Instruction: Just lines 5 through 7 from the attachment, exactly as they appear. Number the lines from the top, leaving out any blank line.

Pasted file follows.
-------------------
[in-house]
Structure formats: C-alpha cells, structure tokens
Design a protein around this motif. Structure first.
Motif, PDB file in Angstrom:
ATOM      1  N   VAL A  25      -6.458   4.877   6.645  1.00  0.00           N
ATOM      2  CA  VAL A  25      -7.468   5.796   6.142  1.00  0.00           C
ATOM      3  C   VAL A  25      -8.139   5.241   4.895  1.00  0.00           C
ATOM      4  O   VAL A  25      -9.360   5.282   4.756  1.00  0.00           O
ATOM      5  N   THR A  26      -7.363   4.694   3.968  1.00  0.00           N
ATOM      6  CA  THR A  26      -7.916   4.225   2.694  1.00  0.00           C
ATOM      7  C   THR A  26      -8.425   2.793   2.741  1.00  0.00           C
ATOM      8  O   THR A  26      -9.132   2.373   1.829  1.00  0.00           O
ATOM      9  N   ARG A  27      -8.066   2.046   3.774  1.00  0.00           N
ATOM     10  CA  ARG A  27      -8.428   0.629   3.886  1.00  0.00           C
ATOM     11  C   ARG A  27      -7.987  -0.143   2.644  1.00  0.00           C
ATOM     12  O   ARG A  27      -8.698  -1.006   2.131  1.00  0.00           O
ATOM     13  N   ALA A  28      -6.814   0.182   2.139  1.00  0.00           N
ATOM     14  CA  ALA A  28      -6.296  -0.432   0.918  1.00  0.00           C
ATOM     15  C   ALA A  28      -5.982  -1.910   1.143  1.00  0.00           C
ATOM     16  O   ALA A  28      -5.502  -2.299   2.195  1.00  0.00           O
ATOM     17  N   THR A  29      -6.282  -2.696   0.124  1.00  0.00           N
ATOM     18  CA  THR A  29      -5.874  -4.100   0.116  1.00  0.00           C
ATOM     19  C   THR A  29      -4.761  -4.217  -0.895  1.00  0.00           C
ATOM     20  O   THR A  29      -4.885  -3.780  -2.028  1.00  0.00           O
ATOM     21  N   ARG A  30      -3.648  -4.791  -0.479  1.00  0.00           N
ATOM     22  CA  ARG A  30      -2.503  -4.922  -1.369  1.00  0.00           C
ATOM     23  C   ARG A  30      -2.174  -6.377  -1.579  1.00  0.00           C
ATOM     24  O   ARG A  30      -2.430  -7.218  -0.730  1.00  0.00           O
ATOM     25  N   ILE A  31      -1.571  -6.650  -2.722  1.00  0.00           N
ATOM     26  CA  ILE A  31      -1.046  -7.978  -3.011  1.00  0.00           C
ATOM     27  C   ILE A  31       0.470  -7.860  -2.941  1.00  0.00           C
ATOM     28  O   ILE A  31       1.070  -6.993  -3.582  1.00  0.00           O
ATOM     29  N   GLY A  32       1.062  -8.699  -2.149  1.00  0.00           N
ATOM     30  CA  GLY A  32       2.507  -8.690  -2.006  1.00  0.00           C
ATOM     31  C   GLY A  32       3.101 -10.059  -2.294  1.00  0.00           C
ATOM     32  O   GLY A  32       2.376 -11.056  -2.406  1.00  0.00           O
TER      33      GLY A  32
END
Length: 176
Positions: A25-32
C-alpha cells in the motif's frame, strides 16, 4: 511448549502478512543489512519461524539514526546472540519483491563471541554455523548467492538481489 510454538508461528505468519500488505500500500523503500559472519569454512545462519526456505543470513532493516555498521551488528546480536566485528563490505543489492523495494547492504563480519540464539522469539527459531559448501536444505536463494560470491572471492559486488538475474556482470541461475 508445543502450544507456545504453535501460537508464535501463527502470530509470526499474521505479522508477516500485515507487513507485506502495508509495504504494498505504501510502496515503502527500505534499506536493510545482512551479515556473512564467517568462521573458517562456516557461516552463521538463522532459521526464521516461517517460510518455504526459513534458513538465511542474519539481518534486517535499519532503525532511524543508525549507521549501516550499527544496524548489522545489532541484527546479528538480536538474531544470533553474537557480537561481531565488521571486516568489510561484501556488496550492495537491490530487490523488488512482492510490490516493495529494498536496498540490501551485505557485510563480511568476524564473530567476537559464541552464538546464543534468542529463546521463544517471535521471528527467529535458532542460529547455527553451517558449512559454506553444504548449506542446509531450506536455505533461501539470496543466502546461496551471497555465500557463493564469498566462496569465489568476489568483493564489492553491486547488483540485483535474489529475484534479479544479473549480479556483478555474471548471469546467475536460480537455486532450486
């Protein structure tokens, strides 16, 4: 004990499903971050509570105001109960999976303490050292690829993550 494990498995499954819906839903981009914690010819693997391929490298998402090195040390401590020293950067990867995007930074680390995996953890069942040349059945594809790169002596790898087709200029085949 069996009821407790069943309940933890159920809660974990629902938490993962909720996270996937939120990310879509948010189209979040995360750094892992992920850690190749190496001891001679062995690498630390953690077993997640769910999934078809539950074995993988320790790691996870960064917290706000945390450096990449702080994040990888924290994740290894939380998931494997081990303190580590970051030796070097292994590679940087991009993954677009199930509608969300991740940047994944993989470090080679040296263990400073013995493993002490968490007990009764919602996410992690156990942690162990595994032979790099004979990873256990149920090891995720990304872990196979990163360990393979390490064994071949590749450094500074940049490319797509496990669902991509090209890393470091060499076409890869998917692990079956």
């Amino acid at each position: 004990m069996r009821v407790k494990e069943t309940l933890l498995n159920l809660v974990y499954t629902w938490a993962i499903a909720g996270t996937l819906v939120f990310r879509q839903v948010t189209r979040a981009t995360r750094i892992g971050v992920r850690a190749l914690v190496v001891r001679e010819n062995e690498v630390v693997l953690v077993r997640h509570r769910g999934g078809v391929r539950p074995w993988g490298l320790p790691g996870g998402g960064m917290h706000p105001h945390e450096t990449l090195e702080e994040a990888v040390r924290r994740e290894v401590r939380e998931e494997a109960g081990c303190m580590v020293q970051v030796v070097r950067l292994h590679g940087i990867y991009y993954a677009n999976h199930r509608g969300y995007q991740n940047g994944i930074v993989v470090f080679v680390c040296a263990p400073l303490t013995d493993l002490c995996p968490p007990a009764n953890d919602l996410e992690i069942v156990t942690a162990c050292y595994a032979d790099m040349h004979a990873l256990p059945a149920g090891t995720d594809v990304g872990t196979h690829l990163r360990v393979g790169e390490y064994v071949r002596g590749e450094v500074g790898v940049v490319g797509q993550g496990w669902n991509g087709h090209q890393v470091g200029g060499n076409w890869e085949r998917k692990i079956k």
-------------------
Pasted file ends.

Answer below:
ATOM      1  N   VAL A  25      -6.458   4.877   6.645  1.00  0.00           N
ATOM      2  CA  VAL A  25      -7.468   5.796   6.142  1.00  0.00           C
ATOM      3  C   VAL A  25      -8.139   5.241   4.895  1.00  0.00           C